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President Obama speaks as Republican presidential nominee Mitt Romney listens during the final presidential debate in Boca Raton, Fla. on Oct. 22, 2012.
In the 2008 presidential election Sen. Barack Obama received somewhere between 74 percent to 78 percent of the Jewish vote. His repeated invocations of, and praise for, Israel Monday leads me to believe that he will settle for nothing less than 7,478 percent of the Jewish vote come Nov. 6, 2012.
While former Massachusetts Gov. Mitt Romney labored to develop a relatively heady argument about the urgency of combatting the mindset of Islamic extremism, President Obama just couldn’t stop kvelling about the Jewish state. He gushed about forthcoming joint Israeli-American military maneuvers. He vowed to stand with Israel in case of an Iranian aggression. “Israel,” the president enthused, “is a true friend. It is our greatest ally in the region. And if Israel is attacked, America will stand with Israel. I’ve made that clear throughout my presidency.”
When Romney pressed his opponent about “skipping Israel” during his “apology tour” throughout the Islamic world, Obama went rhetorically nuclear. In an effort to blunt that potentially devastating line of attack he riposted: “I went to Yad Vashem [Judaism’s central memorial to the Holocuast in Israel]. . . to remind myself the nature of evil and why our bond with Israel will be unbreakable.” This was clearly a rehearsed and calculated response. And a risky one at that: for Jews the memory of the Shoah is simply not fair game in the realm of politicking.
Why did the President devote so much energy to shoring up his pro-Israel credentials? The most obvious response — he really wants the Jewish vote! — doesn’t totally add up. Jews are a small minority, variously estimated to be a scant 1.6 to 2.2 percent of the American population.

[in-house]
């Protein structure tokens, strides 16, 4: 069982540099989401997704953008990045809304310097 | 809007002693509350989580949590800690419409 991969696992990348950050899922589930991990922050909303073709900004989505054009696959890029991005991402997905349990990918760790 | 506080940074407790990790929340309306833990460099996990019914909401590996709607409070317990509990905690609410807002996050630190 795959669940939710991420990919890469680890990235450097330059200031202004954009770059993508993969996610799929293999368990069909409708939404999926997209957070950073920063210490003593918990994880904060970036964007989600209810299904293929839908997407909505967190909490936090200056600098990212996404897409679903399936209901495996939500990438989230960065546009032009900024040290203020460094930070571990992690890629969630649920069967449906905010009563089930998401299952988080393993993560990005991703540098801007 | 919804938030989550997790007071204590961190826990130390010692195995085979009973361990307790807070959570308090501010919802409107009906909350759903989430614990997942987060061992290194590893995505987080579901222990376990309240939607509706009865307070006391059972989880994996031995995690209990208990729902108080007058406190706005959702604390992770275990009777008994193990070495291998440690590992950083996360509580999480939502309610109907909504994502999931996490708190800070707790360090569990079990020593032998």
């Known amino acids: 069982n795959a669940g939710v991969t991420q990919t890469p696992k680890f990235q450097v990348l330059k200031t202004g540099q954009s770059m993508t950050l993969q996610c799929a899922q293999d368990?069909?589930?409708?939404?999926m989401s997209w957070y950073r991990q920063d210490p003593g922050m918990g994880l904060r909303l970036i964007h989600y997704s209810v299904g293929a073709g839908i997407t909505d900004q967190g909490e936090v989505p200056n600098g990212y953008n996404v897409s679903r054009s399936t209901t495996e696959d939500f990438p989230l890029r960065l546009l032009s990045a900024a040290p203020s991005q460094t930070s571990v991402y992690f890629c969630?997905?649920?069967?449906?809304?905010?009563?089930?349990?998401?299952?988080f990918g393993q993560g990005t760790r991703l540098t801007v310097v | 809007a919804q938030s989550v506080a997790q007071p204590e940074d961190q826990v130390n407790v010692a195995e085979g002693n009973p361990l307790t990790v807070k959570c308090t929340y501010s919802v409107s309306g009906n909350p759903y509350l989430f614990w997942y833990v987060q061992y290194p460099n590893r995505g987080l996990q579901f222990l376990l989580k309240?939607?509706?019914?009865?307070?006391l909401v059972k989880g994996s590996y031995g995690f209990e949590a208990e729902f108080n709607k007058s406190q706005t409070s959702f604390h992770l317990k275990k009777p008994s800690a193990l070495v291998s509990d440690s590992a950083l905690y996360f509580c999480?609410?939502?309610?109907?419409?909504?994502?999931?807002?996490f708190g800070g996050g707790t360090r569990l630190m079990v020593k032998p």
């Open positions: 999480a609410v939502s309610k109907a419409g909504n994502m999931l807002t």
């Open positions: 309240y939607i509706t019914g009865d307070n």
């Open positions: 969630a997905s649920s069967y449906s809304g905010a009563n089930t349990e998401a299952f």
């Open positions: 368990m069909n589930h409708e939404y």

Another thing to recall about Jews is that they already vote overwhelmingly for Democrats. Even if they jump ship to the red side of ledger — a (unfulfilled) prediction that GOP-friendly Jews have been making for decades — members of the Tribe tend to be heavily concentrated in states that are already in the bag for Democrats (e.g., New Jersey, New York, Massachusetts, California).
The theory that Obama talked up Israel Monday night because he wants every American of the mosaic persuasion to vote for him faces yet another challenge. Curiously, Jewish-Americans consistently tell pollsters that they rank questions of U.S.-Israeli relations rather low down on the list of issues that motivate their behavior in the voting booth. Had Obama emphasized abortion rights (which 93 percent of Jews favor) he would have swayed more Jewish hearts and minds.
We might profitably read Obama’s shout-outs to Israel as a symptom of his campaign’s concern about recent slippage in Florida. Jews in the Sunshine State (estimated to be about 3.4 to 4 percent of the overall population) turn out in droves. Maybe the president’s handlers are looking for something, anything, to stave off Romney’s recent gains there. The same strategy, I guess, might be in play for hotly contested Ohio as well.
Then again maybe Obama was trying to do precisely what Romney did tonight, but in reverse. The former governor of Massachusetts continued his pivot to the center, abandoning his primary pose as a “severe conservative.” Obama, for his part, may have been attempting his own pivot, albeit one initiated from a different direction. Americans, not only Jewish Americans, are overwhelmingly supportive of, and sympathetic to, Israel, a valued and trustworthy ally.
Perhaps Obama’s performance at the final debate was actually an appeal to the nation’s vast non-Jewish center that values the Middle East’s sole stable democracy.
Jacques Berlinerblau is an associate professor and director of the Program for Jewish Civilization at Georgetown University and author of “How to Be Secular: A Call to Arms for Religious Freedom.” Follow him on Twitter at @berlinerblau